I love eating wild food like fiddlehead ferns. While all whole foods are filled with a spiritual energy, the life force of foods growing wild in the forest are especially powerful. Eating wild food connects us to the natural cycles of nature. They are full of nutrition and provide subtle emotional balancing. Since there is a strong connection between our mind and emotions and the way we feel physically, eating wild foods supports us on all levels; body, mind and spirit.
Fiddleheads are a fleeting spring treat. I remember the excitement in my restaurant every year when they arrived from the farmers market.
They are sometimes considered magical. In the Shakespearean drama “Henry IV, Part 1,” Gadshill the thief talks of magical properties of “fern-seed” being cause to render him invisible.
They are essentially the tightly coiled frond of a baby fern. The name comes from the scroll at the end of a violin. If left on the plant, each fiddlehead would unroll into a full sized fern.
You can forage them from moist and shady areas, such as near rivers or streams, typically starting in April or May. Be careful though as some fiddlehead ferns may be toxic. It’s the ostrich fiddlehead fern you are looking for. I buy them from the farmers market, but I fantasize about foraging for them in the forest. Maybe one day.
They have a very short season, which is why they are often expensive.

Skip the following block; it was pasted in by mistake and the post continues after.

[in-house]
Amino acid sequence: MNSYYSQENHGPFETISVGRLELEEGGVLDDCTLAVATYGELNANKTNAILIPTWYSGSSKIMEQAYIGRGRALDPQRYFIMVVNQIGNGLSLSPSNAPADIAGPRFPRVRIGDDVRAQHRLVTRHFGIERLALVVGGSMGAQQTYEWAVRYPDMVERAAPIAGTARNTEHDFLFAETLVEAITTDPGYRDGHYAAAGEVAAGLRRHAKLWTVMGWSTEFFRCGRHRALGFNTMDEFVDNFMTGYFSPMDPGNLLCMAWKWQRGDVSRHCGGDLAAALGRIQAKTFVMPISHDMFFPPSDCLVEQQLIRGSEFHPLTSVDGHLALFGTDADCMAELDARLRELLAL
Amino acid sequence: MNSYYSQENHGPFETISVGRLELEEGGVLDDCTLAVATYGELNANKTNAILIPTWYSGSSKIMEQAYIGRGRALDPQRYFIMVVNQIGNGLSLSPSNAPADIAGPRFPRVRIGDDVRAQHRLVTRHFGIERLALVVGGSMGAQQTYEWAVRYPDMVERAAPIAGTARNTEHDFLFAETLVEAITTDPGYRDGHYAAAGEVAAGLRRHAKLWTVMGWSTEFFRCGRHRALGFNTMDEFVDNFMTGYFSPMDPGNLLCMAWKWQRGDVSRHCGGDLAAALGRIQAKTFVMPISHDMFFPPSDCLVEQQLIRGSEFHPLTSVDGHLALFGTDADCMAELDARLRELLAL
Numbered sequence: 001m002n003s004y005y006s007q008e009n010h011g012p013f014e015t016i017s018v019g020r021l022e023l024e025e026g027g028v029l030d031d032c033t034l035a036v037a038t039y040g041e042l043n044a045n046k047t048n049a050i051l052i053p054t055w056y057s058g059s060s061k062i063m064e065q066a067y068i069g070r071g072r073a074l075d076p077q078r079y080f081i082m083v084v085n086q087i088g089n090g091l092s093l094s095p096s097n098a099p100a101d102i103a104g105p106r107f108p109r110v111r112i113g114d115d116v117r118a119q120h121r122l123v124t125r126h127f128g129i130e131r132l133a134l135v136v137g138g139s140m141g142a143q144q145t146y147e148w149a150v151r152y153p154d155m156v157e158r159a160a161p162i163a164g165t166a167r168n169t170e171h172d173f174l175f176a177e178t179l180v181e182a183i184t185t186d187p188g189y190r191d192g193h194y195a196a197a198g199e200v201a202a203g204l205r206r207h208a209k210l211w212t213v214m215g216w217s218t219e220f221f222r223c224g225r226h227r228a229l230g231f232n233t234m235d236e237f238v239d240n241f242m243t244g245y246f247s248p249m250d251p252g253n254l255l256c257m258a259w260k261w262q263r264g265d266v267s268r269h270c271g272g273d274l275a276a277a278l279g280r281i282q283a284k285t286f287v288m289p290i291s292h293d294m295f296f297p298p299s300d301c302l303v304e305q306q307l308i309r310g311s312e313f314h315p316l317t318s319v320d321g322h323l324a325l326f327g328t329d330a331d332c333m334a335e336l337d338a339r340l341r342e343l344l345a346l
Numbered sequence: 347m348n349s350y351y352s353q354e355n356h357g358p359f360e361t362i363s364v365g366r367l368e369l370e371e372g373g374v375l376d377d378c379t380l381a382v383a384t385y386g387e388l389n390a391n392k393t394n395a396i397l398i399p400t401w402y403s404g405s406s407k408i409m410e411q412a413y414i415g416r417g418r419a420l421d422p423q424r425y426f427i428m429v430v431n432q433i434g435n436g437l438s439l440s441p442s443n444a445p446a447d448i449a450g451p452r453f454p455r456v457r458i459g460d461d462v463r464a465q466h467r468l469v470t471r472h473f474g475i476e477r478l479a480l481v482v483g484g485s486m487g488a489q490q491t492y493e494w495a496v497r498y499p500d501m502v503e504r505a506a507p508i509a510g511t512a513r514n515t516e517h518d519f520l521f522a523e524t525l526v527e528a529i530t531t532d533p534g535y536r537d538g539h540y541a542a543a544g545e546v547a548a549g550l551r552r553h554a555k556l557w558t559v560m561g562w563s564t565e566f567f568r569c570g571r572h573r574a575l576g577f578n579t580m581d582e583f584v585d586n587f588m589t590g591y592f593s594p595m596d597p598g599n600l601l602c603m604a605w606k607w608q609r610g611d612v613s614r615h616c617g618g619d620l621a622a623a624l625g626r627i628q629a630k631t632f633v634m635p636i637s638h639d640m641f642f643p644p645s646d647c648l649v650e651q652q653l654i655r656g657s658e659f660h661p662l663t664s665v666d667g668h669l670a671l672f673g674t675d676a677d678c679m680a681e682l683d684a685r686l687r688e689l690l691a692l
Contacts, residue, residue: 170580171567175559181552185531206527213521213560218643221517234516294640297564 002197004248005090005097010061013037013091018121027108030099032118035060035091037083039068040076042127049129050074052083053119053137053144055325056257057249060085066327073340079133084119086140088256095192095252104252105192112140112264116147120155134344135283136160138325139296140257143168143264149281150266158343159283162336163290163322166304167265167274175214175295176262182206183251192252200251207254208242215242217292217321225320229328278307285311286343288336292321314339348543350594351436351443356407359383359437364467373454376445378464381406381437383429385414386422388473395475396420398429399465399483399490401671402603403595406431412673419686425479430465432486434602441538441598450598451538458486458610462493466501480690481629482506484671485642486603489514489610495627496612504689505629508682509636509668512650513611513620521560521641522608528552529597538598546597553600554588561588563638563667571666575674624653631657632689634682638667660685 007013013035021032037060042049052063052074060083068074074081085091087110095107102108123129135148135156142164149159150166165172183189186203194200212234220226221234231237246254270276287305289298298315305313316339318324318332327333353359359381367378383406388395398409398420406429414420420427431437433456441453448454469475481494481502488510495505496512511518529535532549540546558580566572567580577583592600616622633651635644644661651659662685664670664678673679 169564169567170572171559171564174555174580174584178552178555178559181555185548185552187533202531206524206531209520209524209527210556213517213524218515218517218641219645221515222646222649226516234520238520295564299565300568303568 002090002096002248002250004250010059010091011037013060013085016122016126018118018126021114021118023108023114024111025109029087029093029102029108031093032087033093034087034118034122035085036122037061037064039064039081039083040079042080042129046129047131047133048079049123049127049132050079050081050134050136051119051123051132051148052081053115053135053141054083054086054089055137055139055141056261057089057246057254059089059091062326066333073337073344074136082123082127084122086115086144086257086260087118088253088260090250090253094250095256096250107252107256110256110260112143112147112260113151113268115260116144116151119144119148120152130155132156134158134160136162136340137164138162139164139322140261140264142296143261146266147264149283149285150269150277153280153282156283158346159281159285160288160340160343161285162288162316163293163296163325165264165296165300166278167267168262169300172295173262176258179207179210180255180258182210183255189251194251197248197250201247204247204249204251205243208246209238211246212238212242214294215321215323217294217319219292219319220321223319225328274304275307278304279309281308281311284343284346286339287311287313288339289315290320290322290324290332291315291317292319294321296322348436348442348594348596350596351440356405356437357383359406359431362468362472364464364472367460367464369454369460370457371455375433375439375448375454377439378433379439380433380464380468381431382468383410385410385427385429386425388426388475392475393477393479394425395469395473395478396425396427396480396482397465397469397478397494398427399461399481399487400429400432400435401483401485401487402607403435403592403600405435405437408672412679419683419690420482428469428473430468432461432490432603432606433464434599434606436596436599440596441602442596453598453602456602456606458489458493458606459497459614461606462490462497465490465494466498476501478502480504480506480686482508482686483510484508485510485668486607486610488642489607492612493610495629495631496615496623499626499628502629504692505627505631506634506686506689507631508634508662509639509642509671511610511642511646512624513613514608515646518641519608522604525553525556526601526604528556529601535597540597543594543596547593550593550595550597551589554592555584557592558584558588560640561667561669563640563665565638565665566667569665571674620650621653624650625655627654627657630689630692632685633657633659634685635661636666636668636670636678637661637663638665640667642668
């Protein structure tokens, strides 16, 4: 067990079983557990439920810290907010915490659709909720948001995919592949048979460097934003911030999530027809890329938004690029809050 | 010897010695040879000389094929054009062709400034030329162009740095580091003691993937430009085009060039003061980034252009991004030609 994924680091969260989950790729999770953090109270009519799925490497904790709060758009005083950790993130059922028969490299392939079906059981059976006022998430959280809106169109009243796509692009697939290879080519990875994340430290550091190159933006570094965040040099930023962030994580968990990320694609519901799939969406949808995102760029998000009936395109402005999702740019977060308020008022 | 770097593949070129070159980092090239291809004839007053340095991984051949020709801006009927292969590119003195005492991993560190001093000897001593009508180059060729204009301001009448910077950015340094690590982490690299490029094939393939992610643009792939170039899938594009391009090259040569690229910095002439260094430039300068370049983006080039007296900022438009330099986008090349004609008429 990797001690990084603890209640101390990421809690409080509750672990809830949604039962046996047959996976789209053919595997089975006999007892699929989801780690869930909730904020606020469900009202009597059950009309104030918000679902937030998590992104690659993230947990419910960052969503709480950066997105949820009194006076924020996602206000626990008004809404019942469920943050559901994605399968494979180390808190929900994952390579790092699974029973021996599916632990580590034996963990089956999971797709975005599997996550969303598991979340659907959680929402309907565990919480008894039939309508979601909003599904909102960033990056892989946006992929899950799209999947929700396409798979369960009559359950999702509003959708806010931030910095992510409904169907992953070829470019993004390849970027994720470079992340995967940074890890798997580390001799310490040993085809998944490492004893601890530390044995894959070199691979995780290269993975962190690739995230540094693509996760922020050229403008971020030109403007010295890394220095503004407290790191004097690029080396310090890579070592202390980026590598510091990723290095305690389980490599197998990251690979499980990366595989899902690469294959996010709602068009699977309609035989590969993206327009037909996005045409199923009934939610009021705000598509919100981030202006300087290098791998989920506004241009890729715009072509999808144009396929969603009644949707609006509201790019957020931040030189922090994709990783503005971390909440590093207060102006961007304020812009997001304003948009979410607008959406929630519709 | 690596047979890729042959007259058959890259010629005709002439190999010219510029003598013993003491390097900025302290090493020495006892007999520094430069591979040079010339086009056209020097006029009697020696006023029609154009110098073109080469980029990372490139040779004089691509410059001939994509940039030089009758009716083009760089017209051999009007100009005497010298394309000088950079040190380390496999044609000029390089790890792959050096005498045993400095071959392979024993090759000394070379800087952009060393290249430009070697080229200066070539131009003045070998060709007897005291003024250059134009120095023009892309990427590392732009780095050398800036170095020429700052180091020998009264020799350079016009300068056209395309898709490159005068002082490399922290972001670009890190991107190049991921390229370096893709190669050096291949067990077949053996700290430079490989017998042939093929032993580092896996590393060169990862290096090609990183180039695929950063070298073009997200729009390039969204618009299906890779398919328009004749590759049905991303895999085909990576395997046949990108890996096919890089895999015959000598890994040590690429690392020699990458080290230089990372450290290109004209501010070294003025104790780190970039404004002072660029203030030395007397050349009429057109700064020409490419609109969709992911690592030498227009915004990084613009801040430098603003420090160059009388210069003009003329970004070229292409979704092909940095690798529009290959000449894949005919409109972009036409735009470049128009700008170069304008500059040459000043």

If you haven’t tried them before you are in for a treat. Fiddleheads taste green like the moist forest of spring. They are somewhat like a cross between asparagus and string beans. Incredibly delicious!
This wild edible vegetable is packed with iron, omegas, antioxidants and fiber. They are full of the exact microbes we need to support our digestive system this time of year.
Fiddleheads should be eaten shortly after you bring them home. If you have to store them, keep them in the fridge wrapped tightly in a paper towel, placed inside a plastic bag and use them within a couple of days. They won’t spoil quickly, but they will lose flavor and firmness.
Fiddleheads have a brown papery skin that must be removed before eating. It’s best to rinse them first and then place them in a bowl of water and rub to remove all of their papery-like coverings.
I like to blanch or boil my fiddleheads first to remove any bitter taste. After draining and drying, I sauté them in olive oil with a little garlic and a squeeze of lemon. Sometimes I sprinkle red pepper flakes for a little spice or top with a light tasting herb like dill or parsley. They make a nice side dish or appetizer.
Once cooked, they can be added to a salad or stir fry.
Take a walk on the wild side and get some fiddlehead ferns as soon as possible, they will soon be gone.Print
This simple sauté highlights the fresh green flavor of the fiddlehead ferns and includes a savory taste of lightly browned garlic.
- Trim the dark ends off the fiddleheads, some of them may not need this.
- Place your fiddleheads in a colander and rinse or spray them with cold water. Then place them in a bowl of water and rub to remove all of their papery-like coverings. Drain and rinse.
- Bring a large pot of salted water to a boil. Cook fiddleheads in the boiling water until barely tender, 3-5 minutes; drain and pat dry on a kitchen towel.
- Heat butter or ghee and olive oil in a large skillet over medium heat.
- Add the prepared fiddlehead ferns. Cook and stir until ferns are tinged lightly brown and around the edges, about 3 minutes.
- Add garlic, salt and pepper. Cook stirring constantly until the garlic is fragrant and just lightly brown.
- Remove from heat and sprinkle with lemon juice. Serve warm.